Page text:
"We can do no great things, only small things with great love." ~Mother Theresa
One morning last week as Terry, Trooper and I were sitting next to the rain garden, I saw a small, pale green creature struggling to make its way across the grass by our feet. Upon closer examination, I noticed it was a freshly hatched cicada -- its wings weren't even fully unfurled, and seemed to be efforting greatly to find a place to rest. The blades of grass were unyielding until the cicada had climbed up to the very tip, at which point the blade would fold and extend to the next unyielding blades.
"Look how hard he's working," I remarked to Terry. "He looks like he's climbing mountains." I crouched down next to the cicada and extended a tiny stick, which he grasped immediately. The stick provided a bit of a bridge through the grass, aiding its way to where it finally reached its destination -- the leg of Terry's chair.
"You know, they've been doing this for hundreds, possibly thousands of years without our help," Terry said. "It'll be fine."
Indeed it would, and they have, and yet I couldn't help lending a hand -- or more accurately, a stick -- anyway.
In the month or so that has passed since my meditation project officially ended on July 5th, I've been contemplating what the experience has meant for me. Forty weeks of daily meditation. Has my life been transformed, as I had wondered when I began my journey nine months ago?
Perhaps not transformed, but certainly altered. "Transformed" seems so big a word, so full of expectation, so grandiose. Having used that word when I began these forty weeks, I realize I moved into this project with much more expectation than I had originally realized. Maybe it was more a hope I had than an expectation, but it put demands on the outcome just the same. I certainly felt the resistance of those unspoken expectations as I went along. It seems what I'm left with after nine months of daily meditation isn't earth-shattering by any means. And to my surprise, I'm finding this is more than OK. In fact, it's a relief.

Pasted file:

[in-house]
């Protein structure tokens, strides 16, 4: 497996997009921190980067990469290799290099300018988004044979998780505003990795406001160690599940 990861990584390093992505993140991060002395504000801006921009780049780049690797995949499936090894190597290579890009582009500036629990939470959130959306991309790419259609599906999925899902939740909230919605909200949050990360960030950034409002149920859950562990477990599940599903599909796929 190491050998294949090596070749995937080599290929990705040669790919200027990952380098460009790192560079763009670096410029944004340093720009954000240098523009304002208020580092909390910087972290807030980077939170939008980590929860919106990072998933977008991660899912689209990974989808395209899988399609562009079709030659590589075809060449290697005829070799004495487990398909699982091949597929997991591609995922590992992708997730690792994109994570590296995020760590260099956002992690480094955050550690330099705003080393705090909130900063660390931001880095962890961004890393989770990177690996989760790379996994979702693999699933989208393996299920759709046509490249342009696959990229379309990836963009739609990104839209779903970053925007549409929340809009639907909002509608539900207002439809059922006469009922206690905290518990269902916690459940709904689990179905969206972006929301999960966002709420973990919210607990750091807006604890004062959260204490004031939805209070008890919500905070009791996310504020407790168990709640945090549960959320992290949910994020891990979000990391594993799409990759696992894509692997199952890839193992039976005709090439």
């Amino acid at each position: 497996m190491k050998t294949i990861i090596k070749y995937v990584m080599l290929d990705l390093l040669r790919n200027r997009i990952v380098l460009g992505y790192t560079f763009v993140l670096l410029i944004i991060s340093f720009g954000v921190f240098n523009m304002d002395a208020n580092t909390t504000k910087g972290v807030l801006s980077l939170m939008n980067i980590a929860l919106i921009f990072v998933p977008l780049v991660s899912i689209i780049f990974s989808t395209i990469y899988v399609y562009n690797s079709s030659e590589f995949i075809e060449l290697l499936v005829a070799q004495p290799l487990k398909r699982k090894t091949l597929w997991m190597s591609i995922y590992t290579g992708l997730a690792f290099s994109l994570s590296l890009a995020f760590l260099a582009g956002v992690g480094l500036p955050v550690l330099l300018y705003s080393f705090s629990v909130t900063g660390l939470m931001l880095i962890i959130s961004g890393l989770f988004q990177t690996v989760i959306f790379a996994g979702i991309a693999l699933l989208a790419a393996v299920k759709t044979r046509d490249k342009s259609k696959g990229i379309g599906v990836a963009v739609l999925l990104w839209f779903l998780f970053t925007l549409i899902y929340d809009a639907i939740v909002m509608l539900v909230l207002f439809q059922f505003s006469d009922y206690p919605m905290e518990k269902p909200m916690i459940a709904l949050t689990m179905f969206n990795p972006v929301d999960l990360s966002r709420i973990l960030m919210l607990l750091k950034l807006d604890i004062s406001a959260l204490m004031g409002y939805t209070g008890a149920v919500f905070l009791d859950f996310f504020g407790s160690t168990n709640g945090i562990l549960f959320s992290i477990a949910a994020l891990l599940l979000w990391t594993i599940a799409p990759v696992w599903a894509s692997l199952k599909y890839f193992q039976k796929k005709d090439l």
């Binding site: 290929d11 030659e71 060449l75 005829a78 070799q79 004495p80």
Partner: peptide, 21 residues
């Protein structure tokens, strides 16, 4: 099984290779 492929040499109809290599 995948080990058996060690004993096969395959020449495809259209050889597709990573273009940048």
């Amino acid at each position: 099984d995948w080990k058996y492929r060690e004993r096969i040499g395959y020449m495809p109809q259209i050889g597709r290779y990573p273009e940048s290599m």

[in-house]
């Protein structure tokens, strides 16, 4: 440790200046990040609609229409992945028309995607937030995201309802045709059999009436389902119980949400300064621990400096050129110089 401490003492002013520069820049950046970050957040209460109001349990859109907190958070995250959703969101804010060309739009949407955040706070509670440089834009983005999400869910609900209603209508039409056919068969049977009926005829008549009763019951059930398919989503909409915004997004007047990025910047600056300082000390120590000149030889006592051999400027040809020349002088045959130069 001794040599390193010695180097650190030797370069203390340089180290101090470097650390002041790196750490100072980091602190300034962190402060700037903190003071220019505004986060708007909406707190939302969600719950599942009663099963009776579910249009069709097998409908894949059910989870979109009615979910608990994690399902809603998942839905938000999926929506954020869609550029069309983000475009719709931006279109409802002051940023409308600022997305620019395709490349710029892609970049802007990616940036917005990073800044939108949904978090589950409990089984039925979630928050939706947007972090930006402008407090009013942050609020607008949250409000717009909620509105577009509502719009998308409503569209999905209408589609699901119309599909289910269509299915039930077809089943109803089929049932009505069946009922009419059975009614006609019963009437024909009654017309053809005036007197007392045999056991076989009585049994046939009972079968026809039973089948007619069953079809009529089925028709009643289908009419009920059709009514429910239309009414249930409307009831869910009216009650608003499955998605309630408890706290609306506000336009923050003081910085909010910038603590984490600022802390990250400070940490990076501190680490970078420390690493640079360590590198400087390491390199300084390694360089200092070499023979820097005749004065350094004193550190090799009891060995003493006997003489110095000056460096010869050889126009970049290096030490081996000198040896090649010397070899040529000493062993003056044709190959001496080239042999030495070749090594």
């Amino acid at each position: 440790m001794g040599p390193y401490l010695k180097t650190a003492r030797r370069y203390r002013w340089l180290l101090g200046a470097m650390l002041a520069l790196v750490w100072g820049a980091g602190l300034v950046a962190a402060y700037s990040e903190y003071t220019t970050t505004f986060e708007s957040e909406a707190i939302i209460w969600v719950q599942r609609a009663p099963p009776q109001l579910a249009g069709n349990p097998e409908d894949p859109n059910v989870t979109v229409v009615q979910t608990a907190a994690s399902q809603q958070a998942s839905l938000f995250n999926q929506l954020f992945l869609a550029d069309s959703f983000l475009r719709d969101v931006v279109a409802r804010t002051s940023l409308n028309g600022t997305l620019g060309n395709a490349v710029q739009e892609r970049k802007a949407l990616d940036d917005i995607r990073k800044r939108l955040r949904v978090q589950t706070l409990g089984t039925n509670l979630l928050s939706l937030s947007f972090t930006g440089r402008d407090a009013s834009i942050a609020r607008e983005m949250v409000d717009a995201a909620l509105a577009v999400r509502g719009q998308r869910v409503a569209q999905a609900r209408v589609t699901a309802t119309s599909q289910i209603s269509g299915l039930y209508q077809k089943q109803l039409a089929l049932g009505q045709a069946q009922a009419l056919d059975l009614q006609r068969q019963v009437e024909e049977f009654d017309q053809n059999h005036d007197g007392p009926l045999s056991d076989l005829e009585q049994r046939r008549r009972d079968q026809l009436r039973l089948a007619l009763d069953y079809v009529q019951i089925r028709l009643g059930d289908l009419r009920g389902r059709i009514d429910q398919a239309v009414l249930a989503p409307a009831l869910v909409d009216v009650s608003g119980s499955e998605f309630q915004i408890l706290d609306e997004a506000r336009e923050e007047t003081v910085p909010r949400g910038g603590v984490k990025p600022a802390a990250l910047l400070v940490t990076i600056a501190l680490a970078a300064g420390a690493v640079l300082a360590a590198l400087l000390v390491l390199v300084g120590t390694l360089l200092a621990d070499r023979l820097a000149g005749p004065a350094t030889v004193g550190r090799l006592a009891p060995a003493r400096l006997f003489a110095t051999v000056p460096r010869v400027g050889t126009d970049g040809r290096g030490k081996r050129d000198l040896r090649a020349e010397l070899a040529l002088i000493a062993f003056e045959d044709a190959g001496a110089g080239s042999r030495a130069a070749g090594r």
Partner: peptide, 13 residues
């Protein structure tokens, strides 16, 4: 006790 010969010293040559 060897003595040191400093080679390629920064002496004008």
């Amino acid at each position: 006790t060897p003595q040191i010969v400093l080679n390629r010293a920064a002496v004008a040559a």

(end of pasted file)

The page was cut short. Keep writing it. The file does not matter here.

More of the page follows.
I admit to having lived the better part of my forty years putting an extensive amount of pressure on myself for how I should live my life and what I should be when I grow up. Is what I'm doing with my life enough? Big enough, important enough? I'm not a mother or a veterinarian or a business owner or a published novelist or a teacher -- these all feel like appropriately Big Things and I've done none of them. Whatever I'm here to do with my life, shouldn't it be big? Shouldn't everything I do be above and beyond? What am I waiting for?
If my journey with meditation thus far has granted me anything, it is humility. And trust. Suddenly, where I am and who I am is enough. However I choose to live my life, whatever I am moved to do is perfect as it is. After years of feeling I needed to be more or do more, I'm relieved to trust that everything in my life is right on time. Being in the present moment and seeking to savor every little experience isn't necessarily easy, but it's satisfying. I'm content now knowing that a life well-lived doesn't have to be about doing or having everything grand -- small matters. Watching the hummingbirds and chickadees go about their daily tasks outside my window while I write on this endlessly sunny afternoon has me full to brimming. Embracing this moment, I trust that a life well-lived is about loving the life we live and living a life we love.
Assisting a cicada on its journey to someplace dry and stable enough to complete its metamorphosis is a small gesture. As is a pat on the back, a smile or a kind word to a friend in need or the man or woman on the street. It's an acknowledgement of our common source, of what is essential and real, when what is changeable and impermanent falls away. We're all here together as manifestations of this common source on this earthly journey doing the best we can. And sometimes we all could use a little help.
Perhaps meditation is the little stick that has aided me to a safe haven to continue my metamorphosis. It's another tool in my toolbox -- a way to center, to ground, to unwind and certainly to connect. I have come to love how it bookmarks my day as I continue to sit every morning when I wake up and every night before I go to bed. Over the months, my practice has simply evolved into a morning and evening touch point, sitting for 15 minutes or more depending on how I feel and it works for me.
I imagine my practice will continue to grow and change just as I will, little by little, bit by bit, depending on what's required in the moment. It is what it is, as am I, and it appears to be just the help I need.//